NOTE: What happens when New Orleans is hit by a hurricane and the Thieves Guild isn't prepared? I don't own any of them except for Francois. The story is mine too. Set in about 1981. More or less a piece of fluff, but does it really matter? Enjoy.

"Oh for cryin' out loud! Mercy! Mercy, wake up!" Henri LeBeau reached across the mattress he shared with his wife Mercy and shook her slender shoulder lightly. As he moved, he felt a distinct squish sound that he didn't like one bit. He also didn't like the fact that the sound was coming from beneath him.

Mercy woke up, groggy, and promptly sneezed. She sat up beside her husband, and realized that her long blonde hair was drenched, along with everything else. Even Henri's mustache was dripping. "What de hell is goin' on? Is dis another of Emil's practical jokes?" She asked. Emil Lapin was the young son of their friend Francois, who also happened to be Henri's uncle. Mercy's question was a valid one; the small red-haired boy was famous in the Guild clans for playing pranks on the unsuspecting.

"I'm not sure..." Henri glared at the room they shared off the main underground tunnels the Thieves Guild called home. The entire floor was flooded with several inches of water. "In order to produce dis amount of water, he would've had to shut off de breaker, an' even Emil isn' crazy enough to risk tickin' off Papa for a practical joke."

"You don' t'ink? I do. We should ask him." Mercy suggested.

They didn't have to wait long. Within seconds, an obviously soaked and miserable little boy was standing in the door to their room, trailing an equally wet blanket behind him. "Where all dis water come from?" He sniffled. "I'm cold..."

Henri got up and lifted Emil into his arms. "We are too, petit." After giving his little cousin a squishy hug, Henri handed him to Mercy. "Is dere water like dis everywhere in de tunnels, Emil?"

"Uh-huh..." Emil nodded, his teeth chattering.

Henri frowned, wondering where all the water had come from. "I t'ink it's time to wake up Papa an' call a meetin'. We need to deal wit' dis."

While Henri spoke with his father, Mercy hunted through their clothes and found two dry flannel shirts of Henri's and a pair of her jeans. She helped Emil get out of his wet clothes and put one of Henri's shirts on him. It was at least ten sizes too big, but Emil, who giggled at how small he felt inside it, loved it because it was warm and comfortable. And dry. That was the most important. Emil didn't care if it trailed in the vast amount of water on the floor when he walked. It was drier than the clothes he had on before.

Moments later, while Mercy stepped into another room to get changed, Henri returned with Jean-Luc, who smiled sympathetically down at his small nephew. "Did you order all dis water, Emil?" He asked, playfully spiking Emil's wet red hair.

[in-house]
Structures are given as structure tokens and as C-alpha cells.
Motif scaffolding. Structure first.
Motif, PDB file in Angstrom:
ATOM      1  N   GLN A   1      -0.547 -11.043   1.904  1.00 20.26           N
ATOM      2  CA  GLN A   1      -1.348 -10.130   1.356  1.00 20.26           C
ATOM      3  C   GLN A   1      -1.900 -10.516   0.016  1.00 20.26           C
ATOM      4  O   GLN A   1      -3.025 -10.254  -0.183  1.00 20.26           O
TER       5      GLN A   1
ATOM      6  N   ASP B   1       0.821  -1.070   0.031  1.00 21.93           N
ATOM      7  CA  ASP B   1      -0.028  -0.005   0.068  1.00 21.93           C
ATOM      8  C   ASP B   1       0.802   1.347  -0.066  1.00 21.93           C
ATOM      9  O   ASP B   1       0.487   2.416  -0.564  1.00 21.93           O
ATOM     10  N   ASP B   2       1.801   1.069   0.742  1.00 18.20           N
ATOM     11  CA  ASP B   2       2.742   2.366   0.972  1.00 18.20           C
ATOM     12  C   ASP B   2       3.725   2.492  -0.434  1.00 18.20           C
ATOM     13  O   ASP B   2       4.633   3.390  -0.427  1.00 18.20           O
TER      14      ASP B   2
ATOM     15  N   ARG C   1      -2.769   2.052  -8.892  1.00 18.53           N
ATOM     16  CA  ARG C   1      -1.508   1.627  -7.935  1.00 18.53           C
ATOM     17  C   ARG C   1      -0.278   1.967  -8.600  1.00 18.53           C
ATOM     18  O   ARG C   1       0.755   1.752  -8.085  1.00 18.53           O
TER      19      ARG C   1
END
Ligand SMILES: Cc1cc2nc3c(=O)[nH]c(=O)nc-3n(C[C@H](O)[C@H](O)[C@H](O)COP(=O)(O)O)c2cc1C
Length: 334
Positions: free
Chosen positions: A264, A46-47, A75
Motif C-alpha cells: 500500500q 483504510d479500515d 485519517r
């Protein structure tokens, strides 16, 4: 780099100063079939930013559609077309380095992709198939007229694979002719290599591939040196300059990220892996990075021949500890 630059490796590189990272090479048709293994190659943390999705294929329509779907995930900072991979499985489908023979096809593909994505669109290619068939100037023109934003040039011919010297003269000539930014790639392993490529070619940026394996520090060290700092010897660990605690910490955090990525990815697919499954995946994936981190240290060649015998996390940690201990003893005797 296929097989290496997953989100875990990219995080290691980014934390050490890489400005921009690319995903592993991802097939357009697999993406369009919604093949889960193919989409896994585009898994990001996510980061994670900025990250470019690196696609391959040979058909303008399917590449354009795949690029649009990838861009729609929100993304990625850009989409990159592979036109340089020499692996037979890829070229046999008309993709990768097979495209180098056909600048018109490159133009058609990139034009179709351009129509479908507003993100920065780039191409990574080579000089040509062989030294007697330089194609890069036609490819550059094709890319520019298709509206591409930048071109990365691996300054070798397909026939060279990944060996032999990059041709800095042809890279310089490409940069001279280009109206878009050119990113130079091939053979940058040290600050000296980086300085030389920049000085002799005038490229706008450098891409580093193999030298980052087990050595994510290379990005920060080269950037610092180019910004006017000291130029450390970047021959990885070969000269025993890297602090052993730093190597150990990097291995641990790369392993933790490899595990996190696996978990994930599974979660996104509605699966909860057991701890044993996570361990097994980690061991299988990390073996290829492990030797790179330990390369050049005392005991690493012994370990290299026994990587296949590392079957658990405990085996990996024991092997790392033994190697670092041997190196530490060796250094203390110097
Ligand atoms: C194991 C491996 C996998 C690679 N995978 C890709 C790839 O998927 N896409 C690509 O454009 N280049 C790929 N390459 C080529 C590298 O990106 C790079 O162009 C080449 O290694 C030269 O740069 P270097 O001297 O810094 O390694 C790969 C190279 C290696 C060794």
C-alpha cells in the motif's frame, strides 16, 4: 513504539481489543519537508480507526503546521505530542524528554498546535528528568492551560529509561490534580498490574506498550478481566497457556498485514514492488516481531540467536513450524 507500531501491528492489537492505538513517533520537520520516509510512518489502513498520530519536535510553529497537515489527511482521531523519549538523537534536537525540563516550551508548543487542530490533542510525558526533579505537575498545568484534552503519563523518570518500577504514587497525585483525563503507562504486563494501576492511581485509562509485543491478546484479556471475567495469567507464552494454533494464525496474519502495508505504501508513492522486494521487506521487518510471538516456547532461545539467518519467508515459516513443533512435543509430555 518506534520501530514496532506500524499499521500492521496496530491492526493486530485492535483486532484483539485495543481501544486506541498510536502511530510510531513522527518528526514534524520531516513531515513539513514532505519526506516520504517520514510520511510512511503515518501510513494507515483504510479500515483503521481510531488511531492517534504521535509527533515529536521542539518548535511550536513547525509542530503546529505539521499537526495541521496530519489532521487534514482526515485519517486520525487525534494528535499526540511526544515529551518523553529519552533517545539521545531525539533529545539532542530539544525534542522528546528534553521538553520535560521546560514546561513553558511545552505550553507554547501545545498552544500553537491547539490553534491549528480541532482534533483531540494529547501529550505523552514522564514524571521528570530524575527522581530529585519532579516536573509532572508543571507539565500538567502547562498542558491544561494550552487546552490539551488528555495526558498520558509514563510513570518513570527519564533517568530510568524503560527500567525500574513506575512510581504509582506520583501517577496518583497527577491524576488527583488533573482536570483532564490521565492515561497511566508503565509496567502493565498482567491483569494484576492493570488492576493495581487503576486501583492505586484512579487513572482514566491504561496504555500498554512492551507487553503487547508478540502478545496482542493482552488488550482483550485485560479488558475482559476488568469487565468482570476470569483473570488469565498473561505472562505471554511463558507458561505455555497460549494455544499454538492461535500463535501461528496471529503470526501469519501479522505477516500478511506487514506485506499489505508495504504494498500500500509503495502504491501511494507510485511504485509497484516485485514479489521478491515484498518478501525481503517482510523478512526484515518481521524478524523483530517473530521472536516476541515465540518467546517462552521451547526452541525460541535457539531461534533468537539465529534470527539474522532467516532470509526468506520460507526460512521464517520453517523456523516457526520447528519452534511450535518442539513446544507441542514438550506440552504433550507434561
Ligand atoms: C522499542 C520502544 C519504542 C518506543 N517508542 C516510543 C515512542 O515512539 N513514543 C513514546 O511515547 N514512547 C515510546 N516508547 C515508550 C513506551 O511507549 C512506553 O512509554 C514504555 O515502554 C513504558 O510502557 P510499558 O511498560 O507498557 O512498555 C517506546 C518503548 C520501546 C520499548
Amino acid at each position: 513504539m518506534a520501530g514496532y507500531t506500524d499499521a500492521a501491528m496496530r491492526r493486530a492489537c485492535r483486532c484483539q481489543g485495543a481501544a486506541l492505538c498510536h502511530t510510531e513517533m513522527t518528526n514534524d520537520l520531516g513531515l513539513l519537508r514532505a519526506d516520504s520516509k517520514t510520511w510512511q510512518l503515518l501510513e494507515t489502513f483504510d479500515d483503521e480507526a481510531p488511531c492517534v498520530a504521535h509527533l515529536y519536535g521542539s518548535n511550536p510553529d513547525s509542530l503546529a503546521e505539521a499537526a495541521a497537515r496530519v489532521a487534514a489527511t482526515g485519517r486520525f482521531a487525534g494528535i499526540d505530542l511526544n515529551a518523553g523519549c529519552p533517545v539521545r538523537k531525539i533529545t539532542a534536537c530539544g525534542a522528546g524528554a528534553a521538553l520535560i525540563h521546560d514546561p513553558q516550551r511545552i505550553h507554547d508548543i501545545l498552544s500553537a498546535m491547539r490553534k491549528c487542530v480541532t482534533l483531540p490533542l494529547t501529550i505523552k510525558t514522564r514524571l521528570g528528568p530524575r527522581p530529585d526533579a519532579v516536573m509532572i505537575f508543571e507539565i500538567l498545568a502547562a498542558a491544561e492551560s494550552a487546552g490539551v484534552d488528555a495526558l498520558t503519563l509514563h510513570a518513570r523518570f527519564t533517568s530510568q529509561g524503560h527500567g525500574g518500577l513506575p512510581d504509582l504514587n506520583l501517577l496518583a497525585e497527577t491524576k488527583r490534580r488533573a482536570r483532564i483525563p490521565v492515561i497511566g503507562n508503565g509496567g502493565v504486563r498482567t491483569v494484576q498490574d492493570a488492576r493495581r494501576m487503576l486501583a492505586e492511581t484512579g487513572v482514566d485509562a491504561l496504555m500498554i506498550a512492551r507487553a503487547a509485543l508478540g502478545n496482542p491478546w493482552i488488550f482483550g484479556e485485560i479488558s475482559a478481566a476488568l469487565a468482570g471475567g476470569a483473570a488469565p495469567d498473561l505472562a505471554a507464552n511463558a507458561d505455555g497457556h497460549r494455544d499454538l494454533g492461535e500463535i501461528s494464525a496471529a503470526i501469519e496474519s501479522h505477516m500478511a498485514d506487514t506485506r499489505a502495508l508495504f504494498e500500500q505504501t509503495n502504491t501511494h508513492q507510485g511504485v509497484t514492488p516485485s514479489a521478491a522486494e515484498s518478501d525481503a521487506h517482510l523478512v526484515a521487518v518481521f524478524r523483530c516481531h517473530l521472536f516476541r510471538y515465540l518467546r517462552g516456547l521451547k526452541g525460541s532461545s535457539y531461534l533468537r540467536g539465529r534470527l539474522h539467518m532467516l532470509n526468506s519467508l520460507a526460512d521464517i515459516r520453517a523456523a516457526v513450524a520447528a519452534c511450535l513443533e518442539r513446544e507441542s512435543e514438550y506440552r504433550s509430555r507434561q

"Non!" Emil replied indignantly. "Don' like it. Want it to go 'way."

"Me too. It's not pleasant to wake up to de knowledge dat your bed is soakin' wet. Does your Papa know you're here?"

Emil nodded. "Uh-huh. He tol' me to come wake you. Says it's like dis all over de tunnels."

"Well let's go take a look, shall we?" Jean-Luc asked, bending over so Emil could hop up on his back for a piggy-back ride. They left the room, followed by Henri and Mercy, sloshing behind them in the water. Along their travels through the tunnels, they met up with the other Guild clans, none of whom had been uneffected by the wet conditions.

"Dis is ridiculous, Jean-Luc!" Belize Marceaux exclaimed angrily. "Did de breaker shut down or somethin'? It's gon' take days to get everythin' dry an' livable 'gain! Some of us have young children!"

"Belize...shut up." Francois laughed, lifting Emil off Jean-Luc's back and holding him close. "Dis serves us all right for not listenin' to Tante Mattie las' night an' you know it. She said dere was a hurricane watch...dere was one headed right for Nawlins."

"An' hurricanes usually mean serious floodin'." Belize's older son, Theoren, who was also one of Henri and Francois' best friends, finished. "Papa, Francois is right. We should have listened to Tante Mattie."

"Dat's right, you should have." A warm, loving voice said from the shadows. Tante Mattie, a plump matronly black woman who never hid the fact that she was the mother hen of the Thieves Guild, appeared from one of the tunnels, raising her skirts above the water to keep them dry. "De whole city's flooded. Dere's no way you could have escaped it."

"What're dey sayin' on de news, Tante?" Henri asked, curious. Mattie was the only one of their tight family who had a television. The Guild didn't see the point to trying to steal cable when their traiteur could tell them what was going on whenever they needed to know.